Max Neukirchner will start this weekend's fifth round of the 2009 World Superbike Championship, at Monza, inspired by memories of his debut victory one year ago.
Having seen his first win slip away when he was hit by Carlos Checa at the final turn of the Valencia round, fracturing Neukirchner's collarbone in the process, Max rebounded to claim his first victory in thrilling style just two rounds later in Italy.
Neukirchner edged out Noriyuki Haga by just 0.058sec at the line to become the first German rider in history to claim a WSBK victory, which he followed up with second position - a mere 0.009sec from Haga - in race two.
“Last year was a wonderful occasion for me and I will never forget my first win in World Superbikes,” said Neukirchner. “They always say that the first win is the hardest and really I should have got it in Valencia when I was on the way to victory when I go knocked off within sight of the chequered flag.”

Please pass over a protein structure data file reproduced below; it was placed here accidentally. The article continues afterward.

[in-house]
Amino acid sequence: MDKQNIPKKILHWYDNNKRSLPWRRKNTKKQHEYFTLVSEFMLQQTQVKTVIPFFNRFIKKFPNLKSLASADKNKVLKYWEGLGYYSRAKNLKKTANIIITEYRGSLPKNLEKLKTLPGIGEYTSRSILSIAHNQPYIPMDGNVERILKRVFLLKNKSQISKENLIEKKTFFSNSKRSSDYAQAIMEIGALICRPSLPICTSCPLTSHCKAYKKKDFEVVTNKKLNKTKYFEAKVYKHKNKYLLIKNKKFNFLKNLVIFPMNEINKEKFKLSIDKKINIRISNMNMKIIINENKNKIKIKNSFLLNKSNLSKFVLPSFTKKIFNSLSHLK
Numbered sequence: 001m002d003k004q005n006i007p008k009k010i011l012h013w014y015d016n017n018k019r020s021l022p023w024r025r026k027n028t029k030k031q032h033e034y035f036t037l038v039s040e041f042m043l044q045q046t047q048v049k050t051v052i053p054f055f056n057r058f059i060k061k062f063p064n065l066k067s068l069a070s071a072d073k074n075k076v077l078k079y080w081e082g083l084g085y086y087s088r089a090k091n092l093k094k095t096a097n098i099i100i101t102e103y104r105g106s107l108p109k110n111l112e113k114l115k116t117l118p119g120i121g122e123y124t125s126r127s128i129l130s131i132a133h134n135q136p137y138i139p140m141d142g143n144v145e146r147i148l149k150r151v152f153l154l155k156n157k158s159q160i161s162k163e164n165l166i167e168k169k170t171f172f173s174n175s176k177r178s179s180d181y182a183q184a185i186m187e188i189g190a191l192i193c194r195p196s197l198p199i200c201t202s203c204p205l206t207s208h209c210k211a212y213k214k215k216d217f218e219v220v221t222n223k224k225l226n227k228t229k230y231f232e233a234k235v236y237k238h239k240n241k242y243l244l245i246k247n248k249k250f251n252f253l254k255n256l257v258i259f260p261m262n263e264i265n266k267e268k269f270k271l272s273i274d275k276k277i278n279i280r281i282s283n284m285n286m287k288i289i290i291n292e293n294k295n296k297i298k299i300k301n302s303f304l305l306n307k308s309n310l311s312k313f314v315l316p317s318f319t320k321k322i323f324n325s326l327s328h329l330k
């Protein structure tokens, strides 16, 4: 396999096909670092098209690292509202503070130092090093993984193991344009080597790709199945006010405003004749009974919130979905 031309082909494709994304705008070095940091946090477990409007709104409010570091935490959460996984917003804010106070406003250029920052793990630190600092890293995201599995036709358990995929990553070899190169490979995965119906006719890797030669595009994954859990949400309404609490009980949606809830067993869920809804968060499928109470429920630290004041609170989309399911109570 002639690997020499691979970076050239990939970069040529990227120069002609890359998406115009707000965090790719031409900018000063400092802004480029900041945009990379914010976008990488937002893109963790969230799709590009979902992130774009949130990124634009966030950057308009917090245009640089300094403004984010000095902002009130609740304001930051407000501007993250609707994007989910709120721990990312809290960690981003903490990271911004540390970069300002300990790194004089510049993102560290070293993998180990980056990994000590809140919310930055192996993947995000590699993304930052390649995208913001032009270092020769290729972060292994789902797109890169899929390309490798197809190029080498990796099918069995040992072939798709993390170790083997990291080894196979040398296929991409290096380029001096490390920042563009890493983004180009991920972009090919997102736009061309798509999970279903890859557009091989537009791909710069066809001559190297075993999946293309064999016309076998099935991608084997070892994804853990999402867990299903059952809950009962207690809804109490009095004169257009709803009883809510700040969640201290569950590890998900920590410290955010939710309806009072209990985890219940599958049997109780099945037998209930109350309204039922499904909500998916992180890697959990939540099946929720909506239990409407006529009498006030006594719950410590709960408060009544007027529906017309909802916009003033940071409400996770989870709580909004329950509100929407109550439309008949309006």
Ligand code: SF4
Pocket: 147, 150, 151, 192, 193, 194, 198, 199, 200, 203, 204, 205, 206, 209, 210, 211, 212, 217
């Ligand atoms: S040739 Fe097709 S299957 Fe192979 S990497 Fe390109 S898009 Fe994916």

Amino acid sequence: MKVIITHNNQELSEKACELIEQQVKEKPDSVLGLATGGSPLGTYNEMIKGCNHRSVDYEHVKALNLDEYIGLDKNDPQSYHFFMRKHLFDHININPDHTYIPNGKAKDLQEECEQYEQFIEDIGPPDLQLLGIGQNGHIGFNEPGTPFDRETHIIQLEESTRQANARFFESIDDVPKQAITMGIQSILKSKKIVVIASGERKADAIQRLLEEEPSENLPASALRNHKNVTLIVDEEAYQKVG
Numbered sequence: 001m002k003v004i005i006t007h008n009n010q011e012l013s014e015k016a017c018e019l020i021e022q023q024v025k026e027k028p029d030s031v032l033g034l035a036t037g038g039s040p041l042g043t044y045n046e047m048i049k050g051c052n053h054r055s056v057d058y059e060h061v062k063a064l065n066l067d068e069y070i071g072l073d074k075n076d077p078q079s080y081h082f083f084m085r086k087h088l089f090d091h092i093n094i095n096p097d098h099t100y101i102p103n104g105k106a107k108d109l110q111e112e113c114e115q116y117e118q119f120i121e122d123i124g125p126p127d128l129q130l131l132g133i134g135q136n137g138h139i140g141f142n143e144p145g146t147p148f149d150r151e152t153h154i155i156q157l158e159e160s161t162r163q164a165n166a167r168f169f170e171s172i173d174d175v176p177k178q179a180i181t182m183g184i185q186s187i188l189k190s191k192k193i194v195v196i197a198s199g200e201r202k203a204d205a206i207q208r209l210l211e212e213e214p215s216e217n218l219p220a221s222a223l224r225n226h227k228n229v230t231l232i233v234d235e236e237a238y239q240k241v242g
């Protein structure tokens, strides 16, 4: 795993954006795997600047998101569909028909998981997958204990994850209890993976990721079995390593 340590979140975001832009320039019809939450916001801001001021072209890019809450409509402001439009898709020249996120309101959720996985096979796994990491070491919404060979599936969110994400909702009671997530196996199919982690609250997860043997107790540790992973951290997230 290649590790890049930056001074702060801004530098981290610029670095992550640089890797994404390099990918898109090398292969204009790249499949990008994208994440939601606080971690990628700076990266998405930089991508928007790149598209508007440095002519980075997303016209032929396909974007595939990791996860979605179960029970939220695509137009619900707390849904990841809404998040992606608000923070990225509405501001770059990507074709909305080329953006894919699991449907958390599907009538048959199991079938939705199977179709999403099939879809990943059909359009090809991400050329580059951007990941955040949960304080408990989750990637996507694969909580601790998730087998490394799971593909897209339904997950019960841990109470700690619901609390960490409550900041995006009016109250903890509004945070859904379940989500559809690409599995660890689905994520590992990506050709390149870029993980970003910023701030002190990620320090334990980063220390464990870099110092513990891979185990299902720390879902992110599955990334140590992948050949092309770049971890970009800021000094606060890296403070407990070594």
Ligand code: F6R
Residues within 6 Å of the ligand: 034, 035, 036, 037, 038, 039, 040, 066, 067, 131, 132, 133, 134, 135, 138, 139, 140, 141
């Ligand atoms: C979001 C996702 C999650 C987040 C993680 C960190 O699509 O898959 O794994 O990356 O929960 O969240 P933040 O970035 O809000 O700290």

The Alstare Brux Suzuki rider began this season in style with a close second in race one at Phillip Island, but has only been on the podium once since - something the raw power of his GSX-R1000 might help to change on Sunday.
“It's important to have a fast bike at Monza and know how to play the slipstreaming game. It's easy to be at the front of the pack and lose out on the draft and get beaten to the flag, so it's something you have to watch out for,” he warned.
“I like fast tracks and I think our bike will be well-suited to Monza. For sure, my intention is to finish on the podium in both races and if I can repeat my win of last year, I would be very happy,” added Max, who won again at Misano later in the 2008 season.
Team mate Yukio Kagayama had a mixed day last year, taking fourth in race one and a DNF in race two. The Japanese is presently just twelfth in the championship, compared with fifth for Neukirchner, with his only podium appearance a third in race one in Australia.
“My season has been a bit up and down and this does not make me so happy so far,” confessed Kagayama. “I have a good bike and know my results should be a lot better. Sometimes the bike is not so easy because some little changes can produce big effects - and not always in the right direction.
“But my job is to race, so I and the team have to find ways of making the bike work better so that I can challenge the podium again. This is what I want, and I will do my best to try and achieve it.”